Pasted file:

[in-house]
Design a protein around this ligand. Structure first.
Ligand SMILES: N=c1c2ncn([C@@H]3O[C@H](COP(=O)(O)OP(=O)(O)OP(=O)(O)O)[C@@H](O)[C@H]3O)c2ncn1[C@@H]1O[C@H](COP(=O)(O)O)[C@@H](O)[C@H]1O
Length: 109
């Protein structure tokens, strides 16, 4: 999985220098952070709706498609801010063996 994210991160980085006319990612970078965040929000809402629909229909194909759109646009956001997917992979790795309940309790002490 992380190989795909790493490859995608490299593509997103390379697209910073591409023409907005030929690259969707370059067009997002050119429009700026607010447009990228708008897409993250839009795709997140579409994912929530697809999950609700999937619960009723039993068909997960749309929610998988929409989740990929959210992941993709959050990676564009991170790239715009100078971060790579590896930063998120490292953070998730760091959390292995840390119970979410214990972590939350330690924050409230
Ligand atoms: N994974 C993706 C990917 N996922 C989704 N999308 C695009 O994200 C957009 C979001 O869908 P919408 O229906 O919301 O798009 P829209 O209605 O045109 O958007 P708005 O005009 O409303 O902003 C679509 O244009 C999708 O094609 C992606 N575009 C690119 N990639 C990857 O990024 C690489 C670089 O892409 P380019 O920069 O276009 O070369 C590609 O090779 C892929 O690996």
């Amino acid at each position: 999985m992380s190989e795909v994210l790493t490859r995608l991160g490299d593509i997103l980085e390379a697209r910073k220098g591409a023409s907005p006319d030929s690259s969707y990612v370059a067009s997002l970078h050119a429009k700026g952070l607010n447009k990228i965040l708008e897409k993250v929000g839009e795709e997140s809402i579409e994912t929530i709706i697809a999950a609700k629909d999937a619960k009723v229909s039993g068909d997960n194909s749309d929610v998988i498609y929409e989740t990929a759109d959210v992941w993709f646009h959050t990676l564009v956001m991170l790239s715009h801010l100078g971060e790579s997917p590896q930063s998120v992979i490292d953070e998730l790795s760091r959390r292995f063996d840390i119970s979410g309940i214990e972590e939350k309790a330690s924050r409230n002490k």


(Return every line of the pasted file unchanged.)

[in-house]
Design a protein around this ligand. Structure first.
Ligand SMILES: N=c1c2ncn([C@@H]3O[C@H](COP(=O)(O)OP(=O)(O)OP(=O)(O)O)[C@@H](O)[C@H]3O)c2ncn1[C@@H]1O[C@H](COP(=O)(O)O)[C@@H](O)[C@H]1O
Length: 109
């Protein structure tokens, strides 16, 4: 999985220098952070709706498609801010063996 994210991160980085006319990612970078965040929000809402629909229909194909759109646009956001997917992979790795309940309790002490 992380190989795909790493490859995608490299593509997103390379697209910073591409023409907005030929690259969707370059067009997002050119429009700026607010447009990228708008897409993250839009795709997140579409994912929530697809999950609700999937619960009723039993068909997960749309929610998988929409989740990929959210992941993709959050990676564009991170790239715009100078971060790579590896930063998120490292953070998730760091959390292995840390119970979410214990972590939350330690924050409230
Ligand atoms: N994974 C993706 C990917 N996922 C989704 N999308 C695009 O994200 C957009 C979001 O869908 P919408 O229906 O919301 O798009 P829209 O209605 O045109 O958007 P708005 O005009 O409303 O902003 C679509 O244009 C999708 O094609 C992606 N575009 C690119 N990639 C990857 O990024 C690489 C670089 O892409 P380019 O920069 O276009 O070369 C590609 O090779 C892929 O690996």
């Amino acid at each position: 999985m992380s190989e795909v994210l790493t490859r995608l991160g490299d593509i997103l980085e390379a697209r910073k220098g591409a023409s907005p006319d030929s690259s969707y990612v370059a067009s997002l970078h050119a429009k700026g952070l607010n447009k990228i965040l708008e897409k993250v929000g839009e795709e997140s809402i579409e994912t929530i709706i697809a999950a609700k629909d999937a619960k009723v229909s039993g068909d997960n194909s749309d929610v998988i498609y929409e989740t990929a759109d959210v992941w993709f646009h959050t990676l564009v956001m991170l790239s715009h801010l100078g971060e790579s997917p590896q930063s998120v992979i490292d953070e998730l790795s760091r959390r292995f063996d840390i119970s979410g309940i214990e972590e939350k309790a330690s924050r409230n002490k």